Joining the businesses of books and music & video within the same company can bear risks. The most remarkable story in this regard belongs to the British chain of bookshops Waterstone’s. In that case it was the music & video chain HMV that bought the bookshop chain and put its survival into great risk. The stores of these chains were kept separate but the financial difficulties of HMV in its original business inflicted on Waterstone’s, and certainly did not help it to tackle its own challenges. At first they started closing bookshops to finance some of HMV’s debt and to lower costs, but that was not enough. Eventually, and mainly in hope to save HMV, the Waterstone’s chain was sold  in May 2011 to Russian investor Alexander Mamut. Notably, the new owner appointed as its managing director the owner of a small chain of traditional Edwardian-style bookshops (James Daunt) who has been well entrenched in the book retail business. The bookshop chain appears to be doing well in its process of recuperating and is thinking forward about the design of bookshop environments for the future. It is opening these days its first new bookshop since 2008.

Steimatzky does not have today a flagship library-like bookshop as found in many Western cities. These are usually multi-storey, multi-category bookshops that occupy buildings on main streets or in central shopping districts. Even cities similar in size to Tel-Aviv have such a bookshop (e.g., Waterstone’s bookshop on Deansgate St. in Manchester). A flagship bookshop in Tel-Aviv could occupy two or three floors (e.g., 200-300sqm each) and offer a variety of book titles in Hebrew and English, and perhaps in French, along with a section for music and video (particularly classical and jazz music). The scope of book selection across categories and variety within categories is crucial to the quality of customer-reader experience and increasing the likelihood that shoppers don’t leave without purchasing or ordering books. Operating such large bookshops can be expensive, but a flagship bookshop of this type should also be viewed as an investment in the retailer’s brand equity. It demonstrates prowess of the retailer, richness and professionalism. Tzomet Sfarim recognised the importance of such an asset and opened its “Library” bookshop in the centre of Tel-Aviv, although it occupies only one level and is “hidden” in a shopping centre rather than visible on main street.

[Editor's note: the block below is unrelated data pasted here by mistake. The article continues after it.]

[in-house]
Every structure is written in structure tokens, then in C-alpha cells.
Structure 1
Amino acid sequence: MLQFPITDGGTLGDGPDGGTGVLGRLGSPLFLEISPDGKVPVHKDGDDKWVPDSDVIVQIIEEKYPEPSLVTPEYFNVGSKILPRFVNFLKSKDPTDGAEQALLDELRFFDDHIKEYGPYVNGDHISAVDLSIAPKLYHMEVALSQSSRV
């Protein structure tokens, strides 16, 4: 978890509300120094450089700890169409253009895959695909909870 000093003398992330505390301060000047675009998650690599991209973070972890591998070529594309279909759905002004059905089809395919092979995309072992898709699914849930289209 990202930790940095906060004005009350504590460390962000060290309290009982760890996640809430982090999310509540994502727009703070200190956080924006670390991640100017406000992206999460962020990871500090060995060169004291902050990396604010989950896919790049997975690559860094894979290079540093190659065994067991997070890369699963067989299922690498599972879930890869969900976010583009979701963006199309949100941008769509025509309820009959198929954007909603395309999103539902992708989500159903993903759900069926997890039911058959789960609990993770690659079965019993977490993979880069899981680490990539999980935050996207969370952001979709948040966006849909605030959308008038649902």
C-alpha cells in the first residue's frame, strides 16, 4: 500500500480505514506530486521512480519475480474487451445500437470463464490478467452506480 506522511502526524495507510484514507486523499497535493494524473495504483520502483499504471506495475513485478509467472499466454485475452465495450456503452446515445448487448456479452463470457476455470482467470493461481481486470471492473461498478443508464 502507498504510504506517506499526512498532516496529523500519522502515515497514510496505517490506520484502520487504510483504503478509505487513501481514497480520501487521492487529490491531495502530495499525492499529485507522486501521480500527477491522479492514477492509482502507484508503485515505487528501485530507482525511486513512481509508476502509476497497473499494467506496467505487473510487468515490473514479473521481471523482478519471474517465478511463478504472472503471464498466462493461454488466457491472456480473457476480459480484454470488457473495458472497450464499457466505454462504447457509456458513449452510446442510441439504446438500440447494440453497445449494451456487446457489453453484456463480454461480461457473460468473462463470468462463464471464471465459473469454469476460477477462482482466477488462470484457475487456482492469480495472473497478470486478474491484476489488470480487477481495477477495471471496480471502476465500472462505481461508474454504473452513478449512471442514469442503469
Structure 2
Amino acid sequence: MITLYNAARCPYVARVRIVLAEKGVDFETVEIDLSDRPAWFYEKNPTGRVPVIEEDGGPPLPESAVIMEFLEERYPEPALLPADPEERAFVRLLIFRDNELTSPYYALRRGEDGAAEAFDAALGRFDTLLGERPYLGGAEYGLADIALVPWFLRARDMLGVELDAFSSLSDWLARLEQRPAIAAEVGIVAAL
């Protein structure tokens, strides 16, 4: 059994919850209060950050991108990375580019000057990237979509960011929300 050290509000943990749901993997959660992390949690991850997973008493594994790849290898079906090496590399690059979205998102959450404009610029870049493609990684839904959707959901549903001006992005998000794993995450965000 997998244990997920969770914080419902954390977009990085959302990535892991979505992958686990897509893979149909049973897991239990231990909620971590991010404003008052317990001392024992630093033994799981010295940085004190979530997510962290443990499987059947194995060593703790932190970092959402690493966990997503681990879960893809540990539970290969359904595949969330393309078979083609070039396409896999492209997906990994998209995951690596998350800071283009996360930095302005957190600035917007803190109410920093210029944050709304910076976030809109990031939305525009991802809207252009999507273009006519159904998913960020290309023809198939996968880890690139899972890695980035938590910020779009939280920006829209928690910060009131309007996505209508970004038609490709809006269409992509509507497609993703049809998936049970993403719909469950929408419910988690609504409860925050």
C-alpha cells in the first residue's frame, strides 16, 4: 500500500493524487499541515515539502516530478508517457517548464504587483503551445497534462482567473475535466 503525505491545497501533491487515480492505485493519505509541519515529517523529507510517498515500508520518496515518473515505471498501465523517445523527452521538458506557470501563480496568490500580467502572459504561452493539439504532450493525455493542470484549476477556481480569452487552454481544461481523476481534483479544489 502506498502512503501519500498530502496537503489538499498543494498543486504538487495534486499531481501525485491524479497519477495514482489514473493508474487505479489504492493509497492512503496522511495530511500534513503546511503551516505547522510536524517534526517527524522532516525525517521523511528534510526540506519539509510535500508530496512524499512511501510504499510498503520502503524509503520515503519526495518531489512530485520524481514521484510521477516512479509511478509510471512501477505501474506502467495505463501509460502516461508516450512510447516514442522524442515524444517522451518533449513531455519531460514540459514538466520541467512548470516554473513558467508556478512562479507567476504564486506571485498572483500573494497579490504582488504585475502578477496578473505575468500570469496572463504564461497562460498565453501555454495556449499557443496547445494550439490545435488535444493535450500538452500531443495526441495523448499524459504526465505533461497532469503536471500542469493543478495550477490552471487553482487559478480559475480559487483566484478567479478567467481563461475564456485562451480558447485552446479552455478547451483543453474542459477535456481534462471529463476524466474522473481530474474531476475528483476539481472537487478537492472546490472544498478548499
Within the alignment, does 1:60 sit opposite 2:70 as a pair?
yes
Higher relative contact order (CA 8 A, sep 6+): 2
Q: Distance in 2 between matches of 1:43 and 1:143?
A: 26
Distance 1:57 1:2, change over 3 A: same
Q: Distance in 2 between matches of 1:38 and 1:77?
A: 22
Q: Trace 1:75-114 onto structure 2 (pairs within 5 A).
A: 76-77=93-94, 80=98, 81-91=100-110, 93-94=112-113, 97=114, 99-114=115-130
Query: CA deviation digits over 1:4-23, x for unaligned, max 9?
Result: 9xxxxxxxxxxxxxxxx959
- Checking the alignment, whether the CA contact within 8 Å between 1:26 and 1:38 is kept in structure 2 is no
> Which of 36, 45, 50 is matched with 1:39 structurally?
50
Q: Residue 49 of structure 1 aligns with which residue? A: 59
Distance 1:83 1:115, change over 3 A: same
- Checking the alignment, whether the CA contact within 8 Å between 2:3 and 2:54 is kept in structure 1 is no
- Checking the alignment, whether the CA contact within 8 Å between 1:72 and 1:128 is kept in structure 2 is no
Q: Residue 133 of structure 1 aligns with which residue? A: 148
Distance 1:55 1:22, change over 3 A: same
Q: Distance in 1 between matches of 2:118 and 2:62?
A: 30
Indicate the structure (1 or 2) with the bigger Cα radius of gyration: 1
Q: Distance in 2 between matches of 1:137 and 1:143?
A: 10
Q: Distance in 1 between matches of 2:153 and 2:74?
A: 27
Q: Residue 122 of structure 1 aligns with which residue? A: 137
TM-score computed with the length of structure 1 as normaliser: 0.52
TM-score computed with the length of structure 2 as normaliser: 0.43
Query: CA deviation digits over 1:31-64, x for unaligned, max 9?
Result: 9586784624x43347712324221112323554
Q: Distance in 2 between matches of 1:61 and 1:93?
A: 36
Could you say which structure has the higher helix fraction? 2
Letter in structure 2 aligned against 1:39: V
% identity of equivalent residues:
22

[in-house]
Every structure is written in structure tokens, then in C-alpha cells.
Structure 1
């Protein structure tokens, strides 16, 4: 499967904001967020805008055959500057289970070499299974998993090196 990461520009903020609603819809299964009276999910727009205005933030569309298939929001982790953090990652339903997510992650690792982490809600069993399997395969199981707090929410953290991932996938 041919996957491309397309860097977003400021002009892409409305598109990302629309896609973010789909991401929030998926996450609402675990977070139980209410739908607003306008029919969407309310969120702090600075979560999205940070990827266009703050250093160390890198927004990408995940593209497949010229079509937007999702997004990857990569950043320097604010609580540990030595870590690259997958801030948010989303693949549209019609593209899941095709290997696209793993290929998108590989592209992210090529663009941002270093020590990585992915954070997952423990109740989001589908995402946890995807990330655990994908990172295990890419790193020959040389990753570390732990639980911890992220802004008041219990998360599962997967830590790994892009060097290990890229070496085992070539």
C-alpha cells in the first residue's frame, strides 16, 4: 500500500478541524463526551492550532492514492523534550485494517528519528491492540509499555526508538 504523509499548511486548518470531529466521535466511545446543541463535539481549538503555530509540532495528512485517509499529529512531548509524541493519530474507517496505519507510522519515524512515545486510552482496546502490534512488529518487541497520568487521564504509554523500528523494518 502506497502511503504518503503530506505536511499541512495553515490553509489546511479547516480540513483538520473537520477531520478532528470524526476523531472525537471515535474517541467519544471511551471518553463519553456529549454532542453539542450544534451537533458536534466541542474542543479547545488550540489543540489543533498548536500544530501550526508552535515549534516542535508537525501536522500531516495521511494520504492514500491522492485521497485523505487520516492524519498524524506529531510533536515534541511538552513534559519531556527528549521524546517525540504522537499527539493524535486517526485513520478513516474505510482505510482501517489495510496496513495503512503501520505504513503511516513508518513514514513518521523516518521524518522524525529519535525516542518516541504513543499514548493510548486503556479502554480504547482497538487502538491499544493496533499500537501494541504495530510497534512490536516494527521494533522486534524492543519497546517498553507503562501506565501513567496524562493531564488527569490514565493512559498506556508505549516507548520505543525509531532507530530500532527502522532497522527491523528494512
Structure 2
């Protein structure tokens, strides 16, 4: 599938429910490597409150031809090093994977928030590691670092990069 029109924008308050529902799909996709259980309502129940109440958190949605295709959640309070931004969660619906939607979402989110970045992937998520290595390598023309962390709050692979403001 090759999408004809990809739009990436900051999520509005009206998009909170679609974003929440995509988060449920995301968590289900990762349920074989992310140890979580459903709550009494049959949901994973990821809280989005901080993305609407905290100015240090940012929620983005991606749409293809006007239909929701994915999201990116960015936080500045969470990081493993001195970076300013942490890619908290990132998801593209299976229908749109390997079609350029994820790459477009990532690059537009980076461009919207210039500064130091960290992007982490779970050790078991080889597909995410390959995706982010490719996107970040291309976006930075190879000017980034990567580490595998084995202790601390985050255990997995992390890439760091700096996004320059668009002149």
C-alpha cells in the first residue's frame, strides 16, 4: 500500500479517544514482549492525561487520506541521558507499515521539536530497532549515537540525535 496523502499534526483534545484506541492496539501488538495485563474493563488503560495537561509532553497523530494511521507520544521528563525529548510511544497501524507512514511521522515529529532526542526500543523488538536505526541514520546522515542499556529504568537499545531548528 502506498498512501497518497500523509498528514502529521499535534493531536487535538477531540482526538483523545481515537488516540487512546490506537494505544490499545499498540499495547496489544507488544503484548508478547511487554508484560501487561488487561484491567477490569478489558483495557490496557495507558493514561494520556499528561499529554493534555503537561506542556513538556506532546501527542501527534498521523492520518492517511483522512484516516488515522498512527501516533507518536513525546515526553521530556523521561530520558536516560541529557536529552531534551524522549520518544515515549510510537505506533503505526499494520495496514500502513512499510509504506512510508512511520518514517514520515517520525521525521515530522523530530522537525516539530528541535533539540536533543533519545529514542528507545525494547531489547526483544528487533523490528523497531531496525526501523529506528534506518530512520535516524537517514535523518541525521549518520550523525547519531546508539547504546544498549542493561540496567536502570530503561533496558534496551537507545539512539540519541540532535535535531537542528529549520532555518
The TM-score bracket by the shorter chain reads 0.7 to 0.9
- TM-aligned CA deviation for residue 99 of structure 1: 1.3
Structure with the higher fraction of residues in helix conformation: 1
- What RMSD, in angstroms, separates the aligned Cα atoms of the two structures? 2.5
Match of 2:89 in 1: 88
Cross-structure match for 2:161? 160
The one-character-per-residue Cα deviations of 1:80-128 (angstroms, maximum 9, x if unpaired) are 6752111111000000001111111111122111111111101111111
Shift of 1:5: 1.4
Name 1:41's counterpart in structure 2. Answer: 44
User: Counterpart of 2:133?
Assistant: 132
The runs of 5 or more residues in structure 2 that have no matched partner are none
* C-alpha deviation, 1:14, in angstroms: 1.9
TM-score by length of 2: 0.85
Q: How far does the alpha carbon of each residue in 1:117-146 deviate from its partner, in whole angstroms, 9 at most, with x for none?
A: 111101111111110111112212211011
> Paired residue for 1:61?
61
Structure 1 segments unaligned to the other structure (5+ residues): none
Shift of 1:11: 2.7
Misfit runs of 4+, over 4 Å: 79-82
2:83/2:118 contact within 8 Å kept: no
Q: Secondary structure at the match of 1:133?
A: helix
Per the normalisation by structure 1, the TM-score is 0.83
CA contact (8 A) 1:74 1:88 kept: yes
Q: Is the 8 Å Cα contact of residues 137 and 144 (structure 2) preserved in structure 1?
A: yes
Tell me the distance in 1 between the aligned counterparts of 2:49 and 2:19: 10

The final issue addresses the new form of electronic books (e-books) that can be read on e-reader devices. It has been predicted that the future of reading lies there, and thereof it poses a major threat to physical books. Steimatzky has invested and participated in the launch of an e-reader that specially supports also the display of books in Hebrew (called “e-vrit”) but left the venture in just a year. Book retailers in other countries offer their own-branded e-reader: Barnes & Noble (Nook), Fnac (Kobo), as well as e-tailer Amazon (Kindle).